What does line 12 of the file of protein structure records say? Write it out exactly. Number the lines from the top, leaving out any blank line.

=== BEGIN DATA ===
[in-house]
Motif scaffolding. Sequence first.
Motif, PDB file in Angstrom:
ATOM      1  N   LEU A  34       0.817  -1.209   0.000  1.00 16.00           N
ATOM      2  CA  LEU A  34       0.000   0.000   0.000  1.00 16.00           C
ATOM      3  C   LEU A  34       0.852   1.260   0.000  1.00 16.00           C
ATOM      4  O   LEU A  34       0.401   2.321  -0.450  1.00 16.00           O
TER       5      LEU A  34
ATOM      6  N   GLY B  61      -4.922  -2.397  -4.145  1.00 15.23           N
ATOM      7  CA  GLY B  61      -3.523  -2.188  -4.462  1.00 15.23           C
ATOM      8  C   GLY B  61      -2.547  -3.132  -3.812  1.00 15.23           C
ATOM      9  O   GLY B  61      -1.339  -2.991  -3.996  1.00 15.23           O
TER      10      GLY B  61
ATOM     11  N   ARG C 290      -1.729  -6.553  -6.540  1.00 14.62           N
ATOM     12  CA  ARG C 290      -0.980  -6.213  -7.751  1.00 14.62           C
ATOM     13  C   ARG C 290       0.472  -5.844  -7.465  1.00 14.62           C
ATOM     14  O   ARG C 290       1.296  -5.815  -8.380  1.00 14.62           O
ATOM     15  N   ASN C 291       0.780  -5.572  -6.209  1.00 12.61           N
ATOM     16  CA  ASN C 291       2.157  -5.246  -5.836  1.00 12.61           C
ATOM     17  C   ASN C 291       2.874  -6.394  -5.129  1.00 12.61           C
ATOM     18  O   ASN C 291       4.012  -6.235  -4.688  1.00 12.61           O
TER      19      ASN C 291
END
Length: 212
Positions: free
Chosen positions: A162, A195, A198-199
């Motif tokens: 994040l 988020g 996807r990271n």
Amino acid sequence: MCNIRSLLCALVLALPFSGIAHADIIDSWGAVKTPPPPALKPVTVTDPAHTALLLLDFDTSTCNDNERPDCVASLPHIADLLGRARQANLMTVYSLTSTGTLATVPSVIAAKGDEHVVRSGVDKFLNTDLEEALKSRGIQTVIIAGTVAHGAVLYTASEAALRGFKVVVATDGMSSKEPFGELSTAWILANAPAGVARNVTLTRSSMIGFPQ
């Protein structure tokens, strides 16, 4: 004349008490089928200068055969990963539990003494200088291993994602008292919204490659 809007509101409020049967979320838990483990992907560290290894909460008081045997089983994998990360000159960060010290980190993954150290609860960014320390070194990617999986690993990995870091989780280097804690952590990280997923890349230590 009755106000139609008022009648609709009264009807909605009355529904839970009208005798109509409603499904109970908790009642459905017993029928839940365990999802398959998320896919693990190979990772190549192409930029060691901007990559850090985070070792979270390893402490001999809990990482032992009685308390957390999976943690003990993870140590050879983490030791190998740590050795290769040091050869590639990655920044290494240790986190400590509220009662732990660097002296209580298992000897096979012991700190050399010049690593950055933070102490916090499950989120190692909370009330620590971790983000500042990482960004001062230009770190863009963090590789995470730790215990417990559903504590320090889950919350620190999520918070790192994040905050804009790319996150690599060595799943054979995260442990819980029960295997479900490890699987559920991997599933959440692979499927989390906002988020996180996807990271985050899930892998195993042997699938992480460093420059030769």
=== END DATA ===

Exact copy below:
ATOM      9  O   GLY B  61      -1.339  -2.991  -3.996  1.00 15.23           O